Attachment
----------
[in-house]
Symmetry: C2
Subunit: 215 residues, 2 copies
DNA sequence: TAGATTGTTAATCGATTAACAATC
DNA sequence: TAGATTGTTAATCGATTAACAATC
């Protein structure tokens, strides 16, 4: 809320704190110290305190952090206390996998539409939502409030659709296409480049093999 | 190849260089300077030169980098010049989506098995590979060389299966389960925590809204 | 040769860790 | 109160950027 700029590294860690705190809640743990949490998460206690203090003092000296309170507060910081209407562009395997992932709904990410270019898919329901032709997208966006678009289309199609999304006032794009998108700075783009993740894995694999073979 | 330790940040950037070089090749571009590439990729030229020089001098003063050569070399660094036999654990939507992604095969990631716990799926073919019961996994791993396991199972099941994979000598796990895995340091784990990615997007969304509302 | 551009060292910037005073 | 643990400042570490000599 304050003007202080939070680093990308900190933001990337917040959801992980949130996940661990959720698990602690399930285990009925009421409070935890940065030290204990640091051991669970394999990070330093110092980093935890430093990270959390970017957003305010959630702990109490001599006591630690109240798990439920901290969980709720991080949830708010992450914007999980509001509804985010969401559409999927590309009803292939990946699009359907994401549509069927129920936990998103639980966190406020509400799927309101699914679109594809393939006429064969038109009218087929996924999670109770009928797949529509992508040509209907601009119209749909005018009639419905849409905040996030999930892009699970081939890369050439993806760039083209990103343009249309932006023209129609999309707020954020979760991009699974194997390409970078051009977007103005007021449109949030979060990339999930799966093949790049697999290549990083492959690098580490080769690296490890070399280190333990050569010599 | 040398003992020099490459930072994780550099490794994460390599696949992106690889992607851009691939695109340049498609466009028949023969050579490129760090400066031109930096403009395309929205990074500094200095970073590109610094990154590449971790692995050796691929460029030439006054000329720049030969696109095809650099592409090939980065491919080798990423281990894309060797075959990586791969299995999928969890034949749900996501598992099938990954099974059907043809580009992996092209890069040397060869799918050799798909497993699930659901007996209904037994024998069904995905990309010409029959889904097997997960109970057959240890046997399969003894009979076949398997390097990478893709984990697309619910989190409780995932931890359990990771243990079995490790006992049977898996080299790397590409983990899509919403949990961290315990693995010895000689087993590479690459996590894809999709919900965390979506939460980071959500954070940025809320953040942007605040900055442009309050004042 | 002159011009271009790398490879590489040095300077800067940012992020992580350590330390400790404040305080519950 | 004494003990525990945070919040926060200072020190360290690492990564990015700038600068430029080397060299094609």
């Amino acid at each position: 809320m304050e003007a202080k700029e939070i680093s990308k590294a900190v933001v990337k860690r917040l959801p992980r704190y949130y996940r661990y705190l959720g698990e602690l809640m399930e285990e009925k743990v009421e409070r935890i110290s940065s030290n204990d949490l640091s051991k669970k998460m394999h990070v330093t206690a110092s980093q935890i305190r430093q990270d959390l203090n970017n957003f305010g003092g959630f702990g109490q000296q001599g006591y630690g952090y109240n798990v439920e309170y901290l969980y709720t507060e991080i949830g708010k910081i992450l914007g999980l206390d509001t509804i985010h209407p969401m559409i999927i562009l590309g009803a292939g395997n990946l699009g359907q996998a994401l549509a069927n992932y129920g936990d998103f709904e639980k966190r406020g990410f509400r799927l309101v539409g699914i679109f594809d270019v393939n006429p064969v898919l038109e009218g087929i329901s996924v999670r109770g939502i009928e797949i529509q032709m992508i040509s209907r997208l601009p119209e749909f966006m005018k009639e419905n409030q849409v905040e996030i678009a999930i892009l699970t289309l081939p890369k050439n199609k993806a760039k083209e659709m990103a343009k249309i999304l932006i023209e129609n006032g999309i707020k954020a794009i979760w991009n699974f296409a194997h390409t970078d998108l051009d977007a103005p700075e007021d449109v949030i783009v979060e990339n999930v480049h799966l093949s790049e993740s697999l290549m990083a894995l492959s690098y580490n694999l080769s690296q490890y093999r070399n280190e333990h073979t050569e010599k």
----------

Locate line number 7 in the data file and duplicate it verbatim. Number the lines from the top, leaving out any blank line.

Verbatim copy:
């Amino acid at each position: 809320m304050e003007a202080k700029e939070i680093s990308k590294a900190v933001v990337k860690r917040l959801p992980r704190y949130y996940r661990y705190l959720g698990e602690l809640m399930e285990e009925k743990v009421e409070r935890i110290s940065s030290n204990d949490l640091s051991k669970k998460m394999h990070v330093t206690a110092s980093q935890i305190r430093q990270d959390l203090n970017n957003f305010g003092g959630f702990g109490q000296q001599g006591y630690g952090y109240n798990v439920e309170y901290l969980y709720t507060e991080i949830g708010k910081i992450l914007g999980l206390d509001t509804i985010h209407p969401m559409i999927i562009l590309g009803a292939g395997n990946l699009g359907q996998a994401l549509a069927n992932y129920g936990d998103f709904e639980k966190r406020g990410f509400r799927l309101v539409g699914i679109f594809d270019v393939n006429p064969v898919l038109e009218g087929i329901s996924v999670r109770g939502i009928e797949i529509q032709m992508i040509s209907r997208l601009p119209e749909f966006m005018k009639e419905n409030q849409v905040e996030i678009a999930i892009l699970t289309l081939p890369k050439n199609k993806a760039k083209e659709m990103a343009k249309i999304l932006i023209e129609n006032g999309i707020k954020a794009i979760w991009n699974f296409a194997h390409t970078d998108l051009d977007a103005p700075e007021d449109v949030i783009v979060e990339n999930v480049h799966l093949s790049e993740s697999l290549m990083a894995l492959s690098y580490n694999l080769s690296q490890y093999r070399n280190e333990h073979t050569e010599k």